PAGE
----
"A resistance worker who escaped from Nazi Germany just before the Second World War died when a fire raged through his studio house, an inquest heard today." I read this news story in a copy of last week's Camden New Journal. I was waiting for a deregulated London bus outside a forlorn housing estate and had picked the paper from a litter bin otherwise full of burger cartons. The death of 87-year-old Hans Aberbanell, "an antiquities expert", who worked underground with his wife from occupied Czechoslovakia helping fellow Jews to escape Hitler, did not make national news. By the end of his life, this man I do not know but like the sound of - "spirited and fascinating" according to neighbours - was frail and partially blind. He lived alone after the death of his wife. He felt the cold, and warmed his studio from the gas oven, the only source of heating, which he left on all-year round. It was the gas oven, more than a touch ironically, that did for him.

So what's so special about living in London W11?

The list of famous Notting Hill names goes on and on - just as the price of properties there goes up and up.

'Baddest boy in pop' jailed for stun-gun threat

'Baddest boy in pop' jailed for

Dawn of new blue period

Margaret Thatcher's suits and Tory party billboards have robbed the colour blue of its innocence, according to a group of artists who want to reclaim the colour from 18 years of Conservative appropriation.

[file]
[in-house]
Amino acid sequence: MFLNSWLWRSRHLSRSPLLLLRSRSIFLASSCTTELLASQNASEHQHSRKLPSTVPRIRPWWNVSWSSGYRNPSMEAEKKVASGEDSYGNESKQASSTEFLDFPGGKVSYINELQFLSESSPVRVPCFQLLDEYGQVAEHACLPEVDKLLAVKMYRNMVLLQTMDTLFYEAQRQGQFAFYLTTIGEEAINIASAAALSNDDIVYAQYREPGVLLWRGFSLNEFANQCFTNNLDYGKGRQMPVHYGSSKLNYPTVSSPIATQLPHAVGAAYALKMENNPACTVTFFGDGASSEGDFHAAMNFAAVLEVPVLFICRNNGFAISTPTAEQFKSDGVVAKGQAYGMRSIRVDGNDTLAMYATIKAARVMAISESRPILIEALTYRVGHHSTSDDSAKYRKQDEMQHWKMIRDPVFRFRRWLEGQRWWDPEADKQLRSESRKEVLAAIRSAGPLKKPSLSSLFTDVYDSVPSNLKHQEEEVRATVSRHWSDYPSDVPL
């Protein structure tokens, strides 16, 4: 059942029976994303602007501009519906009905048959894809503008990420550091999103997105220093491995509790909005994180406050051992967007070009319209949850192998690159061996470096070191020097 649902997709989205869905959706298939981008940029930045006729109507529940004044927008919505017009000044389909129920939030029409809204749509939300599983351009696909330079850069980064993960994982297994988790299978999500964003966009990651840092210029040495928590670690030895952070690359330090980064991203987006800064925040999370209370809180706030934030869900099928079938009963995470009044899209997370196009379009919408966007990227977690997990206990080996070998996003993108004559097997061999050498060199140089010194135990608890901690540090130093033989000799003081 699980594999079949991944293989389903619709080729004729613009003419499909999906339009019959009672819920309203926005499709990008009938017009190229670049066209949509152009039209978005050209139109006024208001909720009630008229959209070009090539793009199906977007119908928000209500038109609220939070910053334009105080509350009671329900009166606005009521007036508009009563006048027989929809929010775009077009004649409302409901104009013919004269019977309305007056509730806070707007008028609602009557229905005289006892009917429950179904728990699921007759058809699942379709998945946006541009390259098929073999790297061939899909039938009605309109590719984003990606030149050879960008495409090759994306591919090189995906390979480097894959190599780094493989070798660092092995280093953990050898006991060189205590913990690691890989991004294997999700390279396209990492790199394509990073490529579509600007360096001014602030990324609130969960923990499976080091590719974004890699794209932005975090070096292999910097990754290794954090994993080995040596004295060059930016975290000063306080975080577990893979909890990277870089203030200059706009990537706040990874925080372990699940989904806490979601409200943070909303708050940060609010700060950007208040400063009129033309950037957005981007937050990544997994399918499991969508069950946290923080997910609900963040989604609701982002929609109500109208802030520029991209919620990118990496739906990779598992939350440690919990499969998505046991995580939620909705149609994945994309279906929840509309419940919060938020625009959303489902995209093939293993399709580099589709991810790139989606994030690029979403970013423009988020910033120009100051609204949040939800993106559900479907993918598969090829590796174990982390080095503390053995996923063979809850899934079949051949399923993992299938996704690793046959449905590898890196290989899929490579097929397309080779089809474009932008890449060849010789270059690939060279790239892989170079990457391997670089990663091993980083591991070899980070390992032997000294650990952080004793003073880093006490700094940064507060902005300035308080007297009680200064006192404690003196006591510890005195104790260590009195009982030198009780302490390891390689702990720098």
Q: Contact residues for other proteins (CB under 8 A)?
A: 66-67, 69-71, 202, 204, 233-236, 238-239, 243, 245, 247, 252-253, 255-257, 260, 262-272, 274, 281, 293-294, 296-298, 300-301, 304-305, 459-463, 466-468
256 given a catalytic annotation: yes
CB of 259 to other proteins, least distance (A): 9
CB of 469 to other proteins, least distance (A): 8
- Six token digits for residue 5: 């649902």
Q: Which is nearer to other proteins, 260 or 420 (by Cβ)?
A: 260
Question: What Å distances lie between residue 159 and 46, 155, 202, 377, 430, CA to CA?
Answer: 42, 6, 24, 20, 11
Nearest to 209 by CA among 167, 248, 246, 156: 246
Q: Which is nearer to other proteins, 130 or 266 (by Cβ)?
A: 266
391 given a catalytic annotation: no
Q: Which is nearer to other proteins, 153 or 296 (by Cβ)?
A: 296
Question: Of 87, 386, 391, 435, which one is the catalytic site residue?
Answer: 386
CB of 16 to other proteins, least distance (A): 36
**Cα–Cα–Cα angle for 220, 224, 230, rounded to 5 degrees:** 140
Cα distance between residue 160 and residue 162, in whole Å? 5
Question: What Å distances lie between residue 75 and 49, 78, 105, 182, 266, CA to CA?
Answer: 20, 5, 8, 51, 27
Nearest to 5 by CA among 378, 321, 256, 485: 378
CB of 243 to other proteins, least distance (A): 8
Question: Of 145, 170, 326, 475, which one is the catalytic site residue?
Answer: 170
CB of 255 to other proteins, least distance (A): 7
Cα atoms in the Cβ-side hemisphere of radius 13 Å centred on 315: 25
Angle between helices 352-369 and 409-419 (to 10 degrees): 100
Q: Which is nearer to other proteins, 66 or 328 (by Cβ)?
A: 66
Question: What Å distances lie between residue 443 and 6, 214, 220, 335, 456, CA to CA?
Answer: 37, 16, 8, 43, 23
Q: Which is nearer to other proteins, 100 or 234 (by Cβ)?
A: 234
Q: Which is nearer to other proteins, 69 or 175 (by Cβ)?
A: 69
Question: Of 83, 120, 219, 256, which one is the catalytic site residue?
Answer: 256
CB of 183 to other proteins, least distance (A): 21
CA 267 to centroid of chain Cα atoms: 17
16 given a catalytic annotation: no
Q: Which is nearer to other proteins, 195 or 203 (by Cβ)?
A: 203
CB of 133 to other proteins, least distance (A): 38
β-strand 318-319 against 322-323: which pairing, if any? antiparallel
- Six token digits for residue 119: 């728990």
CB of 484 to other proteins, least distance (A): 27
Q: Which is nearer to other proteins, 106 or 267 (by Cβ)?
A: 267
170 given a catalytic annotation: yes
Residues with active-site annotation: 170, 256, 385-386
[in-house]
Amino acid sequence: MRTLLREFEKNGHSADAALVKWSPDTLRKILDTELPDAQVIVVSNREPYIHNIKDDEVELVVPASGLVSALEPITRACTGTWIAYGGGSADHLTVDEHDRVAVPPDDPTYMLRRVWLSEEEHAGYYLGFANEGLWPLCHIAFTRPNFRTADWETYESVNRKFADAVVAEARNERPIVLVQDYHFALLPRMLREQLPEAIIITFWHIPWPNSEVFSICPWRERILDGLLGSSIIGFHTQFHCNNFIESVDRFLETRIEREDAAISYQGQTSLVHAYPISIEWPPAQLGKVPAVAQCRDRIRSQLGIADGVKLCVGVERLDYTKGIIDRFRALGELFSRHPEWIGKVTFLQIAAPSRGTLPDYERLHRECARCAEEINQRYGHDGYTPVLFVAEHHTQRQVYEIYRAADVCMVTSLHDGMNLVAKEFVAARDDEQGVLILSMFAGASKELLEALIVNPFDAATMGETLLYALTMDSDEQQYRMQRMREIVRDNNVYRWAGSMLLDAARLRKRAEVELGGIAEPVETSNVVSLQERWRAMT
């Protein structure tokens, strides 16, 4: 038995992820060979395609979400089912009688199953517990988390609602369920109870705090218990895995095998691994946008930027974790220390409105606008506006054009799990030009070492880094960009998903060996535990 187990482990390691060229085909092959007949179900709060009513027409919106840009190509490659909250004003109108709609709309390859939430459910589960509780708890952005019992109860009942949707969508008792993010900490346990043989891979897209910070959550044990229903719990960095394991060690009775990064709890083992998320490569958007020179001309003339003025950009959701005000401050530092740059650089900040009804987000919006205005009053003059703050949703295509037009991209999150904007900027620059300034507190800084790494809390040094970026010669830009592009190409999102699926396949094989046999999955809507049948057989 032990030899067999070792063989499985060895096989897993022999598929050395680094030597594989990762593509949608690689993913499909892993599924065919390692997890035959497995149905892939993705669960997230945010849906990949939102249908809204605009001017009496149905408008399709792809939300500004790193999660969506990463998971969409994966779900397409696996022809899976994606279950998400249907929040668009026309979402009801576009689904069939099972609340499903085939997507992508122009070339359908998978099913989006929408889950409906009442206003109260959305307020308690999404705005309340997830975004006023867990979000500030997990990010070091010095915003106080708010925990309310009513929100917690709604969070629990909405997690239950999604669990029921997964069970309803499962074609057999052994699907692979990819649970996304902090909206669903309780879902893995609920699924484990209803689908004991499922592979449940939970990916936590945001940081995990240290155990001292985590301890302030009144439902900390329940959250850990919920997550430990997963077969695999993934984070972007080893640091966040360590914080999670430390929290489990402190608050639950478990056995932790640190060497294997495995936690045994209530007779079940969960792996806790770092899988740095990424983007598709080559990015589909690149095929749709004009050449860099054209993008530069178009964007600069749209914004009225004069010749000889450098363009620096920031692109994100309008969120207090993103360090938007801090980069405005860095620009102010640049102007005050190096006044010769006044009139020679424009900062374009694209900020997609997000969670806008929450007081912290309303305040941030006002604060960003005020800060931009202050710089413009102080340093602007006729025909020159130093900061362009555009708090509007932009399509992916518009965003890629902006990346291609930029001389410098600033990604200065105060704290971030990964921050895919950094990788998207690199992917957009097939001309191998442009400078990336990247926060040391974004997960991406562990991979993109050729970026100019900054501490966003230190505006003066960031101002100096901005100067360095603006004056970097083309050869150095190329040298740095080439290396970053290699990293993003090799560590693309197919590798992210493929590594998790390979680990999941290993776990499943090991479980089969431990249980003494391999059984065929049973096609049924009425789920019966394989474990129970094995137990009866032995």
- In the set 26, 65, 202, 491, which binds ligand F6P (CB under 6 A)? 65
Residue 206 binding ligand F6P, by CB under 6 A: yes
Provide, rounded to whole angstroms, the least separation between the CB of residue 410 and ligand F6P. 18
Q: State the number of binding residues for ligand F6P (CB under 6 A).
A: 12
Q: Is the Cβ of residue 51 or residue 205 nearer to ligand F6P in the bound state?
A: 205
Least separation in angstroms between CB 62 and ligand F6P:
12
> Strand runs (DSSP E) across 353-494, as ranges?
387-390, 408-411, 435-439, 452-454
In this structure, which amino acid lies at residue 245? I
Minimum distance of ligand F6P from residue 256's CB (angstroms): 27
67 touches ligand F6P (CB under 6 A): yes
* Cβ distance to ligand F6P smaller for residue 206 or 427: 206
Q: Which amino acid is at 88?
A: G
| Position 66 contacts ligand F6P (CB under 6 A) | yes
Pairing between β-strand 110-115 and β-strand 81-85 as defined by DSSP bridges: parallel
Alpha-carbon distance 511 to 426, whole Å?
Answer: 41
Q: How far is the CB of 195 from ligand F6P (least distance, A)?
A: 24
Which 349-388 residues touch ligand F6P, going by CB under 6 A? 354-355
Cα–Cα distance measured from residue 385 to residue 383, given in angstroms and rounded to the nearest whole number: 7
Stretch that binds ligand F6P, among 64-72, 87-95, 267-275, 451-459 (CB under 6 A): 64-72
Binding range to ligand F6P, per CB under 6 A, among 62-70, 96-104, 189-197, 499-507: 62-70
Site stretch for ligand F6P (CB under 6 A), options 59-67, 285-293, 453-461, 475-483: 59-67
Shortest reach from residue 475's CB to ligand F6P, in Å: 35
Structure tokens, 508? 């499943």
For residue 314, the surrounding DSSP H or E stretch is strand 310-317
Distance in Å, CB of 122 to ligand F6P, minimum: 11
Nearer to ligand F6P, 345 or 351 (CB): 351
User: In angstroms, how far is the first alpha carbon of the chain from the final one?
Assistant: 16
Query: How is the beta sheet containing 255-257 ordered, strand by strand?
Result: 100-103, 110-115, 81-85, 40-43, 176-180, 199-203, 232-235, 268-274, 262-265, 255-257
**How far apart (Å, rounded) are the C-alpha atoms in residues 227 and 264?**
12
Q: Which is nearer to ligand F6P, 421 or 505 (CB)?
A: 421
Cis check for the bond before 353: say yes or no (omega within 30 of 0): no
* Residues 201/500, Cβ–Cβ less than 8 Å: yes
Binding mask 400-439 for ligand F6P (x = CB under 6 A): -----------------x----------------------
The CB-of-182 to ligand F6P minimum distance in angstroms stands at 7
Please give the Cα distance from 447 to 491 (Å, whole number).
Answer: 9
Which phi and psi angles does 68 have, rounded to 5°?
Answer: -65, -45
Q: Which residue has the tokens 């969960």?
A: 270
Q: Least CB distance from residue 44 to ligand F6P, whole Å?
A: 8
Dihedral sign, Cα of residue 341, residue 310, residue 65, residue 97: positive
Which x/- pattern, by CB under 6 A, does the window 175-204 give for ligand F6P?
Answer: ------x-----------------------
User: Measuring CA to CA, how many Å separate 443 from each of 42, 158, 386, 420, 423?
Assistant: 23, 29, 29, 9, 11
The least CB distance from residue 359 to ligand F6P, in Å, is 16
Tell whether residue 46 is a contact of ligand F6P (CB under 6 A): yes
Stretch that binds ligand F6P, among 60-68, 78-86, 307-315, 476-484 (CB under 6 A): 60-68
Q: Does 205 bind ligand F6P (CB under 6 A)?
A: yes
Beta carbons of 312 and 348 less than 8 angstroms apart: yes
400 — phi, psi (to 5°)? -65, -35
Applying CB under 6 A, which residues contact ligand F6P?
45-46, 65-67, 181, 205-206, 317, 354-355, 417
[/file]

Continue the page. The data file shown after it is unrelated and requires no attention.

Letter: A man's comment on a woman's conduct

After what Chris Blackhurst described as Nicola Horlick's extraordinary publicity-seeking performance, city personnel directors clearly face a problem. If, as he suggests, they can no longer appoint women, whatever are they to do? Men are presumably already ruled out (a long list of examples could start with Robert Maxwell). Maybe they'll just have to make do with people.
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Prices correct as of 21 November 2014
Homeless Veterans Christmas Appeal: Drifting and forgotten - turning lives around for ex-soldiers

Homeless Veterans Christmas Appeal: Turning lives around for ex-soldiers

Our partner charities help veterans on the brink – and get them back on their feet
Putin’s far-right ambition: Think-tank reveals how Russian President is wooing – and funding – populist parties across Europe to gain influence in the EU

Putin’s far-right ambition

Think-tank reveals how Russian President is wooing – and funding – populist parties across Europe to gain influence in the EU
Tove Jansson's Moominland: What was the inspiration for Finland's most famous family?